I have straws stored at home, in the car and at school so I always have a ready supply. They are very inexpensive, colorful and durable. I love using them as an easy way to make treatment active.
I use them to make easy puppets for some of the songs and poems I use in therapy.
The students use their puppets to sing and say the poems in class.
Another way to use these tools is to do it in articulation therapy. I like to use them to work on auditory discrimination and self-monitoring skills. I have the student indicate ‘old way’ ‘new way’. This could be when listening to the clinician say the sound correctly and then incorrectly or when the child is doing practice indicating whether the sound is being produced in the ‘old way’ or the ‘new way’. As they are essentially raising a paddle to indicate it, this does not take much time and allows the repetition drill to proceed. It also allows you to take data both of correct production and self-monitoring skills. You can stop the student when you are seeing that they are incorrectly indicating the production. This can focus the student on really listening especially when doing multiple repetitions.
I like the student to be involved in the selection of the material so that the ‘old way’ and ‘new way’ pictures are personally relevant. The below example was used for a nine-year-old that was working on his /s/ sounds. He was an avid tennis player so the use of an old tennis ball and a new tennis ball worked well. I have also had children chose a villain and a hero for the old way and new way. For this activity, I do like to choose the colors of the straws with red being the old way and green being the symbol of the new way. This color coding is helpful for when the pictures are turned around or when it might not be obvious to the family which is the correct and incorrect pictures (sometimes the children’s choice of pictures can be obscure). This is a great home to school activity especially when it is the parent’s production that is being monitored. Often families want to know what they can do to spur a student’s success especially at the beginning of treatment. As the child may not be able to correctly produce the sound in any position having them practice at home can be counterintuitive. However, having the student listen to correct productions or a combination of correct and incorrect production can be a helpful exercise. As this material is so inexpensive you can easily send it home and not be worried that it is not returned.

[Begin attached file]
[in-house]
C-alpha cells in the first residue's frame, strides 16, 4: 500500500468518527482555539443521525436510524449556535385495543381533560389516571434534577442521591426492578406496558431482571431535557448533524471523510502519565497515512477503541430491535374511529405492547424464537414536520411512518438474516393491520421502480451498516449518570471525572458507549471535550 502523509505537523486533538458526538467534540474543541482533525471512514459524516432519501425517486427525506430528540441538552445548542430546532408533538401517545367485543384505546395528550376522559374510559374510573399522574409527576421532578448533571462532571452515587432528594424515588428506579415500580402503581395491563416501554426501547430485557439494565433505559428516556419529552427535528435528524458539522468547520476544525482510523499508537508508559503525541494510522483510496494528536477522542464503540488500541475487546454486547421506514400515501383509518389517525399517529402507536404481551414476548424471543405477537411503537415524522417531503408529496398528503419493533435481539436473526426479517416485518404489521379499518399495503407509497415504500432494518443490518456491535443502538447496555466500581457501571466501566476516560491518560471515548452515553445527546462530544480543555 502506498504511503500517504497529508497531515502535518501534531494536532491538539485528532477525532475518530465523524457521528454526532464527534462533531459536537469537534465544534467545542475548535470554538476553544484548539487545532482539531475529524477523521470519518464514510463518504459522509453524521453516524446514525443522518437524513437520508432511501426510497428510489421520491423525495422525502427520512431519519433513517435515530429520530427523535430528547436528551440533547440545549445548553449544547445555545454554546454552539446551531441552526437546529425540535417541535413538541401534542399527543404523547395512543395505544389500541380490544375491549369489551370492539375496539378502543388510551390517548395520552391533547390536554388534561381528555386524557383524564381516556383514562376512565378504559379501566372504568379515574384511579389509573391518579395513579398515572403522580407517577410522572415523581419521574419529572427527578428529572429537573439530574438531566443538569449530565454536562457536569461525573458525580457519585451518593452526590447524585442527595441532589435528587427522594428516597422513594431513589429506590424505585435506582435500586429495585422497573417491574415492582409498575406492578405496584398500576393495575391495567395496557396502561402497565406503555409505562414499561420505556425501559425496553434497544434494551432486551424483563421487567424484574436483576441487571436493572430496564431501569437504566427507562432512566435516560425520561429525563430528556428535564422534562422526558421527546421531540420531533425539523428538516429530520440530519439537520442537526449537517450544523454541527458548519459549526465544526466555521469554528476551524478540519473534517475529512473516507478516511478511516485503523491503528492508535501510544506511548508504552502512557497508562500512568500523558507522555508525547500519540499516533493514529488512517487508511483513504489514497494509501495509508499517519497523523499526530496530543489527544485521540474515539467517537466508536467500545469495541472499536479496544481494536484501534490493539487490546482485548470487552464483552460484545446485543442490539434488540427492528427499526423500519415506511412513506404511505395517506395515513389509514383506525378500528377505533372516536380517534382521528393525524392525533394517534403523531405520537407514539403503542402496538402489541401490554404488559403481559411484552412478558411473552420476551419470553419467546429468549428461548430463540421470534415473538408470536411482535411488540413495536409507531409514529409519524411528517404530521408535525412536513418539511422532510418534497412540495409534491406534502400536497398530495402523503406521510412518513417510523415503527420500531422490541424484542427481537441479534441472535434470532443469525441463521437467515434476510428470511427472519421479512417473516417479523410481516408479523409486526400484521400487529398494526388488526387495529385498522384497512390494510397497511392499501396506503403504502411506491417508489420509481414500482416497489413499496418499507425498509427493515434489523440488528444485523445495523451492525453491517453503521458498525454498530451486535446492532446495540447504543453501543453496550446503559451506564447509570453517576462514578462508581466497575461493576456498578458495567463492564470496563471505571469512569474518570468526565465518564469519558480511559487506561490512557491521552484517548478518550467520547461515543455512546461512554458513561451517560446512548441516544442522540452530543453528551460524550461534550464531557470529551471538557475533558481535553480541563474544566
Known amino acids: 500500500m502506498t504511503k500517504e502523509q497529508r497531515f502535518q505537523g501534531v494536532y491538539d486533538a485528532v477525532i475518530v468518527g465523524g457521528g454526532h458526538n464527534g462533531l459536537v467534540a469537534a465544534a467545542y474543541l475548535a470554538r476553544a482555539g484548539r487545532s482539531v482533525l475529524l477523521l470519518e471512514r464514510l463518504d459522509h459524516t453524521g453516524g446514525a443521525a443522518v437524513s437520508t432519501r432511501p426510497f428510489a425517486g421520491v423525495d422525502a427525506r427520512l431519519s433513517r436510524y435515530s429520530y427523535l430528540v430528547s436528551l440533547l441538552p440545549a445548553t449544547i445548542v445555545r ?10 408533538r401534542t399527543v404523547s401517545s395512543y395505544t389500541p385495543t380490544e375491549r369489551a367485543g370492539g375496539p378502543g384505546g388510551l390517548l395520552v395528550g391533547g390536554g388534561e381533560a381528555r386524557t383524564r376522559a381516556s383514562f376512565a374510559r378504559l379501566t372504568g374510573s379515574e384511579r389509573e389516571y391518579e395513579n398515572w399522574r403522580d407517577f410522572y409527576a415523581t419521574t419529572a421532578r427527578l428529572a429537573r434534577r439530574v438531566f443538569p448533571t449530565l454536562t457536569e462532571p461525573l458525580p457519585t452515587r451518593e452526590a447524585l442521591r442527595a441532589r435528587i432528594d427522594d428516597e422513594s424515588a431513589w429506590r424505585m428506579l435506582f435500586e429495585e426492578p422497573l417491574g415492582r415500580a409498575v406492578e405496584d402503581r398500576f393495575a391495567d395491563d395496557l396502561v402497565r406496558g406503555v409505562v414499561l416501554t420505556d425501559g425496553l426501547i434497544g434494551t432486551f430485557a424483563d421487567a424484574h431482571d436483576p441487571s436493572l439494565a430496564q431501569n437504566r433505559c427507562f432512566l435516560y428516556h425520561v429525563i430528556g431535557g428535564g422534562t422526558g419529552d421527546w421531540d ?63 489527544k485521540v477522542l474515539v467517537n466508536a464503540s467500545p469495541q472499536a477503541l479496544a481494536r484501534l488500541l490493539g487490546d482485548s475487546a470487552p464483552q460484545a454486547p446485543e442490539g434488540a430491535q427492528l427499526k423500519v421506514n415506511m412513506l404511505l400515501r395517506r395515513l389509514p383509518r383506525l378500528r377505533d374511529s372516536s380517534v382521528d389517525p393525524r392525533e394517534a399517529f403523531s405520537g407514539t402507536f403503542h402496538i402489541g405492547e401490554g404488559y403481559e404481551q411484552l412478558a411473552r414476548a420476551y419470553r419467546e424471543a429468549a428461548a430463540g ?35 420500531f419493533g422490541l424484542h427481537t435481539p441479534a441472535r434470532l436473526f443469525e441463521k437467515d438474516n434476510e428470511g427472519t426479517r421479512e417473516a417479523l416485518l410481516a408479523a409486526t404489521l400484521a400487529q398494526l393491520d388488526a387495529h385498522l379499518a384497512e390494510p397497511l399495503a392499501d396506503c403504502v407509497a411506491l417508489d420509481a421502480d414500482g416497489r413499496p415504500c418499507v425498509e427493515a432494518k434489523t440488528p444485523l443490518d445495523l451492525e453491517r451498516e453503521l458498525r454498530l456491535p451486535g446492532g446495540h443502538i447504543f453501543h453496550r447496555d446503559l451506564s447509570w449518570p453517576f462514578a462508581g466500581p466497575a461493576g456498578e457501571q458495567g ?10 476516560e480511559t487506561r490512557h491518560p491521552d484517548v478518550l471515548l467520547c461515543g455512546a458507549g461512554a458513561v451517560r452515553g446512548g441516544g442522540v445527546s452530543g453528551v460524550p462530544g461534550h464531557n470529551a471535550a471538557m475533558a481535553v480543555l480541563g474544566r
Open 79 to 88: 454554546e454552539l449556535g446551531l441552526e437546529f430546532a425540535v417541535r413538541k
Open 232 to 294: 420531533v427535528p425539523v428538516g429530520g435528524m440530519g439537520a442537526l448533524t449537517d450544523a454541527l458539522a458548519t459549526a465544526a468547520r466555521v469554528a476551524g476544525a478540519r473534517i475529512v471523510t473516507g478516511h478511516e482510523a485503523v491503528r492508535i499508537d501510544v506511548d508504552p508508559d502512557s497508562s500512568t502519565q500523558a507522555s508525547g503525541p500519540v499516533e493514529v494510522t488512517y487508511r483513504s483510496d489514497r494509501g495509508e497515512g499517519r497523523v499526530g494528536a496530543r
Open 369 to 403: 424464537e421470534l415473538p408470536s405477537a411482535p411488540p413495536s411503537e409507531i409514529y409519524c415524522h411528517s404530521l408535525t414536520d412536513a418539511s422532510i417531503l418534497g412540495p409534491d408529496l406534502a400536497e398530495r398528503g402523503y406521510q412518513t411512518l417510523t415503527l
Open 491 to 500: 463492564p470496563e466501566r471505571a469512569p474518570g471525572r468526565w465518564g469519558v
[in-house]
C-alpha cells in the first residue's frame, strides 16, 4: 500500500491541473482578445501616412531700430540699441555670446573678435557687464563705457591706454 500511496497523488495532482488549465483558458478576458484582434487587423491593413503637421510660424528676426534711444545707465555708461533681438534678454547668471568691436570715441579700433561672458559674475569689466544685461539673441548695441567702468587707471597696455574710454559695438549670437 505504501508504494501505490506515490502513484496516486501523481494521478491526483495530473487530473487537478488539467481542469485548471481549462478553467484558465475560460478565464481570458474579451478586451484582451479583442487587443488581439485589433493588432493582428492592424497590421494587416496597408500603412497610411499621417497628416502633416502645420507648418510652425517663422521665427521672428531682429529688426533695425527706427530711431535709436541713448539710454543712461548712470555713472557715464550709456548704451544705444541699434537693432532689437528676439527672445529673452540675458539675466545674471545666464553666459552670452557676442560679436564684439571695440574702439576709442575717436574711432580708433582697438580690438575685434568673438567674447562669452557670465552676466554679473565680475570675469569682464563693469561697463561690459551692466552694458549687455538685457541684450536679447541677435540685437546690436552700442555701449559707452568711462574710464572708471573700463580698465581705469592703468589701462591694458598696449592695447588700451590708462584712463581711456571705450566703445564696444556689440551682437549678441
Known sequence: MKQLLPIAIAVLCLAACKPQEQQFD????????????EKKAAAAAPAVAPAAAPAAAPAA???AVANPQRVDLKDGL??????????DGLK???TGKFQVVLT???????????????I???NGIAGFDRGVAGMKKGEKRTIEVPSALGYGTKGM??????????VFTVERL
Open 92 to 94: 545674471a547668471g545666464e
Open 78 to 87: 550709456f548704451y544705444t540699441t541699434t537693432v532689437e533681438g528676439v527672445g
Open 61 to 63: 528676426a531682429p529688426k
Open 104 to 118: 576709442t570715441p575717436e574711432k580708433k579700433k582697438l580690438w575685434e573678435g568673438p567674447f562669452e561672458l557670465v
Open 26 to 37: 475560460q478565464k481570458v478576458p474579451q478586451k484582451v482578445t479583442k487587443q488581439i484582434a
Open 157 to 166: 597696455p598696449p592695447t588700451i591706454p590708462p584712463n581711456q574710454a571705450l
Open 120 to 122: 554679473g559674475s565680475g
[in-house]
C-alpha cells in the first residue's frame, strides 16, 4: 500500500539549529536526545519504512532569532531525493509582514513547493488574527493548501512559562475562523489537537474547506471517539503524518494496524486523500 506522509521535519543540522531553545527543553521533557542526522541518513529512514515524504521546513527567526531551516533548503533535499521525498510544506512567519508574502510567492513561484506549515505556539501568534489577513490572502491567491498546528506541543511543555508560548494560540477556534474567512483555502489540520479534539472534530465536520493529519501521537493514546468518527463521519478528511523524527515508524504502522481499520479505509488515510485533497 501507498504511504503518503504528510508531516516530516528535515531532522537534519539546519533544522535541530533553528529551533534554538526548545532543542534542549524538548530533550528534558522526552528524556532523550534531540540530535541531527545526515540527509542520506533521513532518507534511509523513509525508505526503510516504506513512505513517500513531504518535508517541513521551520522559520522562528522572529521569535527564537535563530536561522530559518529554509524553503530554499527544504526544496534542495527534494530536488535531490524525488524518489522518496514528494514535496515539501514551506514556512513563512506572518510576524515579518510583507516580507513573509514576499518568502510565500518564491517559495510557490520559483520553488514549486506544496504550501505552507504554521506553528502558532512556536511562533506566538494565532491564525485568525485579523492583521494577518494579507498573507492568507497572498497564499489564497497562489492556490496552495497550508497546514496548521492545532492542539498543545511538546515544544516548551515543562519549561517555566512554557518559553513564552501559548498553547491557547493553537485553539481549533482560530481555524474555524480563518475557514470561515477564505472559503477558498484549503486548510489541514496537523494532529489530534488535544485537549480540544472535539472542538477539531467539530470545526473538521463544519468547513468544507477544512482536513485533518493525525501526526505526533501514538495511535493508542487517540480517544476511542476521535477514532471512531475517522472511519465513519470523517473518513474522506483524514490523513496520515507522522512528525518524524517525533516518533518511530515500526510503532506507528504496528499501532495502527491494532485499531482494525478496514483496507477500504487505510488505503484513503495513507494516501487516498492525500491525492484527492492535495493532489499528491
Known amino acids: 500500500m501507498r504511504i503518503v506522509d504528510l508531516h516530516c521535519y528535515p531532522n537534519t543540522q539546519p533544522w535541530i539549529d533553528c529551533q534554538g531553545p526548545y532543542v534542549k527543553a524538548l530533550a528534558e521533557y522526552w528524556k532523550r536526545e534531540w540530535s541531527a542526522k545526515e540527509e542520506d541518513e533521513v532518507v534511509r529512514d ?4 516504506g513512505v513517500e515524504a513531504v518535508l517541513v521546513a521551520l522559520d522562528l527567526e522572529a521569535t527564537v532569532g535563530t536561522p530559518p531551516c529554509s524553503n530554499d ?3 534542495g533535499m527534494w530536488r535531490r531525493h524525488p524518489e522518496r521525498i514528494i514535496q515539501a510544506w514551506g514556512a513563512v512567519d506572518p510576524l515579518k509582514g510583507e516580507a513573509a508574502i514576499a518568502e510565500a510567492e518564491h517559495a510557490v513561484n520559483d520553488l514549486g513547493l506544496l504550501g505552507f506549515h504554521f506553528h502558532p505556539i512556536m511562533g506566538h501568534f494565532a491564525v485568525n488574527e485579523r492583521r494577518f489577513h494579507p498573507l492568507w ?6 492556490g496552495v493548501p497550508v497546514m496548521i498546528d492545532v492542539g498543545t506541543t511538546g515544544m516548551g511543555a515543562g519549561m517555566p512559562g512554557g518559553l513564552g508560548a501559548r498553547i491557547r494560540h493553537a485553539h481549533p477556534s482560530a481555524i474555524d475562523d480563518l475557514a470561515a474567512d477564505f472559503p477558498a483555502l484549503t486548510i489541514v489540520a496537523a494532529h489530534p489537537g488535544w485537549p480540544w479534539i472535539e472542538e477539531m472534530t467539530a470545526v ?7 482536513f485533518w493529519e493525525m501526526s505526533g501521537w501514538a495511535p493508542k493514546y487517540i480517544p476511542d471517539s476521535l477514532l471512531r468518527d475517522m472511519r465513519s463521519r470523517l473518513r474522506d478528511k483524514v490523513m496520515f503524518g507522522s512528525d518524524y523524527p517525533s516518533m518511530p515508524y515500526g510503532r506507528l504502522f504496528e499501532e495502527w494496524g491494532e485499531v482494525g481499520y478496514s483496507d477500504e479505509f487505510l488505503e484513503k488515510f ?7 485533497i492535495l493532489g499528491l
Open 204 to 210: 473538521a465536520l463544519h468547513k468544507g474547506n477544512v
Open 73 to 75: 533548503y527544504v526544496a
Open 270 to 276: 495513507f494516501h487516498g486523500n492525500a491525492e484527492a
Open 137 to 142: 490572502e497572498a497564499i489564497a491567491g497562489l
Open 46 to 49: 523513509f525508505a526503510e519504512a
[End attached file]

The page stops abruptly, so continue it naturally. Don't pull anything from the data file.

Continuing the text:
Another way that is really fun to do is to use the straws with pictures as a paddle or a silent indicator that a student has discovered something. For some reason holding up a paddle is more exciting than just raising your hand. I recently had a class indicate when they heard elements of a fairy tale as I read the story ” The Gingerbread Man”. This was during the holiday season a typical time that students begin to have difficulty in active listening, however when given a task while listening I had their rapt attention. The children would raise the wand when they heard an element and I was able to again acknowledge silently that they were correct without stopping the flow of the story. Once I finished my sentence or passage I was then able to ask those that had raised their want what was the feature that they heard allowing me to reinforce the story elements in a natural way.
What are some of you inexpensive therapy tools that you love?
Have you used straws in another way?